Kingspan accused by EU of providing misleading information during Trimo deal

Kingspan Accused By Eu Of Providing Misleading Information During Trimo Deal
The company could face a fine up to 1 per cent of its annual worldwide turnover if found guilty of breaching EU merger rules. Photo: PA Images
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Updated: 5.05pm

EU antitrust regulators have accused Irish insulation maker Kingspan of providing incorrect and misleading information during its proposed acquisition of Slovenian rival Trimo in 2021, putting it at risk of a hefty fine.


The European Commission, which has in recent years handed out hefty fines to companies for similar offences, said it had sent a statement of objections, in effect a charge sheet, setting out its concerns to Kingspan.

"The Commission takes the preliminary view that Kingspan intentionally, or negligently, provided incorrect, incomplete and misleading information with respect to basic facts related to Kingspan's internal organisation," the EU competition enforcer said in a statement.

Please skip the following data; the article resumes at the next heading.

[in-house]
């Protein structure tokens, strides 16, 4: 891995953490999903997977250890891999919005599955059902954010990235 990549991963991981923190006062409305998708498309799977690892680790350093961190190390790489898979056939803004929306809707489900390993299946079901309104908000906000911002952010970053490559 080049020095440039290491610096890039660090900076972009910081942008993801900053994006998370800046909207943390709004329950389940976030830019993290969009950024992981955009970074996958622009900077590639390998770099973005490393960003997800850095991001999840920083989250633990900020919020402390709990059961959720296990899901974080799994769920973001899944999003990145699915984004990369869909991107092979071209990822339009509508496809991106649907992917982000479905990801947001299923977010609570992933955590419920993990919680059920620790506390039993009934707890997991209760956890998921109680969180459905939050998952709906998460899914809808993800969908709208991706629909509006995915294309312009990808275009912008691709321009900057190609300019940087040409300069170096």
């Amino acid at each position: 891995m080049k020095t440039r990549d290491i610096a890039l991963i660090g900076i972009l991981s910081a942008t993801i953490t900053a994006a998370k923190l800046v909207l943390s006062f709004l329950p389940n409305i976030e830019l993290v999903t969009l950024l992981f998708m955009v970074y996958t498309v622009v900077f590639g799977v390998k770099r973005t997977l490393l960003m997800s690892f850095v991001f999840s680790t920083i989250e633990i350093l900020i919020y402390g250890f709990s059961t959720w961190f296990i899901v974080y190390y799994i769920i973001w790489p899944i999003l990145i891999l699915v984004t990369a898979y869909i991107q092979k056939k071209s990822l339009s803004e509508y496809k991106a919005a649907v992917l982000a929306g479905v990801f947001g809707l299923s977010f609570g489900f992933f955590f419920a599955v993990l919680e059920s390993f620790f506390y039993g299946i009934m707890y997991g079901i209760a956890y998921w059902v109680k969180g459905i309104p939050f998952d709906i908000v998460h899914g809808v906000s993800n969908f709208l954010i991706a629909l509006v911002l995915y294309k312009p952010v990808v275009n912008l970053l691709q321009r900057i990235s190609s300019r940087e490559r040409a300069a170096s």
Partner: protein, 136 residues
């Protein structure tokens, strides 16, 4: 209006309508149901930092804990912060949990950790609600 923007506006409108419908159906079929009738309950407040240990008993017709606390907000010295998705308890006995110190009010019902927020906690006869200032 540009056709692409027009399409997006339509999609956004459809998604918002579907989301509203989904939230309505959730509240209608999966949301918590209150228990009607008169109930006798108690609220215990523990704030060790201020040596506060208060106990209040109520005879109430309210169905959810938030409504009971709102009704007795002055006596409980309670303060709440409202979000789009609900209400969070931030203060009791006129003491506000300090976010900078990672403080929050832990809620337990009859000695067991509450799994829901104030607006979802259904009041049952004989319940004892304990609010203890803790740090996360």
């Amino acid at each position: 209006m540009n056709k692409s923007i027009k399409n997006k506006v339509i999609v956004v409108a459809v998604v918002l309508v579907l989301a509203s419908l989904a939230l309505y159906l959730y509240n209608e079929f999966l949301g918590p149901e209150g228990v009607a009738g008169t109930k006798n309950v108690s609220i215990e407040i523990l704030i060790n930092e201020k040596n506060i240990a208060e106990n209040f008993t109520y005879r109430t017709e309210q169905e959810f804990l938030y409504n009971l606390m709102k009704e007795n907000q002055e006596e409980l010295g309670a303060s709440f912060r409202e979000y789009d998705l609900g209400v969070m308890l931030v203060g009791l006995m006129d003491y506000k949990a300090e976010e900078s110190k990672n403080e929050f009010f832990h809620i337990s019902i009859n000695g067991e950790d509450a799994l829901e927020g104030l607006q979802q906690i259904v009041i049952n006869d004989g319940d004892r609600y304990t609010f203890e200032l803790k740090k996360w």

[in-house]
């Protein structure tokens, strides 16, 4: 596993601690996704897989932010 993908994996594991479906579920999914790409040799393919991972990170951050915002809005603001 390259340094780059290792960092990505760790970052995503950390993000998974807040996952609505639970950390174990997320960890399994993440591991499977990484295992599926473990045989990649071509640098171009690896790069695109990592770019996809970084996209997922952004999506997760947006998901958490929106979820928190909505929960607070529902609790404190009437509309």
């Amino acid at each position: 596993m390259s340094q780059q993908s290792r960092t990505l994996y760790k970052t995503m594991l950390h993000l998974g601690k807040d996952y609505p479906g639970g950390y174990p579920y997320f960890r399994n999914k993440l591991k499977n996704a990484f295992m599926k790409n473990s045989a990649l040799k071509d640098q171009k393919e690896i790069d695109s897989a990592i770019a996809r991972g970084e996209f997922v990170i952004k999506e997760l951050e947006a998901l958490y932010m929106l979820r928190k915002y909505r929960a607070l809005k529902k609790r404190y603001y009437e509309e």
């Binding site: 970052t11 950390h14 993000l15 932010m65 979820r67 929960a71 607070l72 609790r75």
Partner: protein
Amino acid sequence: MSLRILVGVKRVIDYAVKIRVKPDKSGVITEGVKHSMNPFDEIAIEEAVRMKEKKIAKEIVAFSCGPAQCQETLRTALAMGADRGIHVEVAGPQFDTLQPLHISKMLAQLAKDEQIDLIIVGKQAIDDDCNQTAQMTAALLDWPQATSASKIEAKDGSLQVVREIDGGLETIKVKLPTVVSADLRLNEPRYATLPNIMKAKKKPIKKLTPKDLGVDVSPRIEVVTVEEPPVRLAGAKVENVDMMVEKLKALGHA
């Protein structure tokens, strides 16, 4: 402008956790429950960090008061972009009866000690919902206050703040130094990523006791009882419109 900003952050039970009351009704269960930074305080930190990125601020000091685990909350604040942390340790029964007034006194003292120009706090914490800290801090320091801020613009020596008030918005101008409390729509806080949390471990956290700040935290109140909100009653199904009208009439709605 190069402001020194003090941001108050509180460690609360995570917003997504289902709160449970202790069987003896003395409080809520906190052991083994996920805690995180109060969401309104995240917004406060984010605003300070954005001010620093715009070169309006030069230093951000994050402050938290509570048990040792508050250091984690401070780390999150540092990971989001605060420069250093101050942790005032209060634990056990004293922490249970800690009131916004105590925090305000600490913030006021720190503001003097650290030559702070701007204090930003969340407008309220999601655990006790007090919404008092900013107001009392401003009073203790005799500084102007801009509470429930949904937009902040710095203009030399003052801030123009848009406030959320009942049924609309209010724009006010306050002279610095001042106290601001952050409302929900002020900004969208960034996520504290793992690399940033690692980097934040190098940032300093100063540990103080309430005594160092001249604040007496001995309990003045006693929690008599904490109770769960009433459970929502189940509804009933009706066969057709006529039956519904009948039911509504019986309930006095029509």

It said incorrect and incomplete information was also provided on the scope of the relevant product and geographic market, the existence of barriers to entry and expansion, the importance of innovation and the closeness of competition between Kingspan and Trimo and their competitors.

Kingspan said the Trimo deal was not representative of its long and productive relationship with the Commission.


"This Trimo application was unusual and uniquely onerous given both the level of information sought and the fact that the process occurred during COVID," the company said in an email.

"While we do not agree with the Commission's preliminary conclusions in the Trimo case, we will of course reflect carefully on them and work with our legal advisers in formulating our response, and we look forward to continued positive co-operation with the Commission into the future."

Kingspan can argue its case in a written response to the EU accusations and also at a closed-door hearing in front of senior Commission and national competition officials.

Since the Trimo deal, Kingspan has secured EU antitrust approval for four other acquisitions.

The company, which subsequently abandoned the Trimo deal in the face of an EU veto, could face a fine up to 1 per cent of its annual worldwide turnover if found guilty of breaching EU merger rules.


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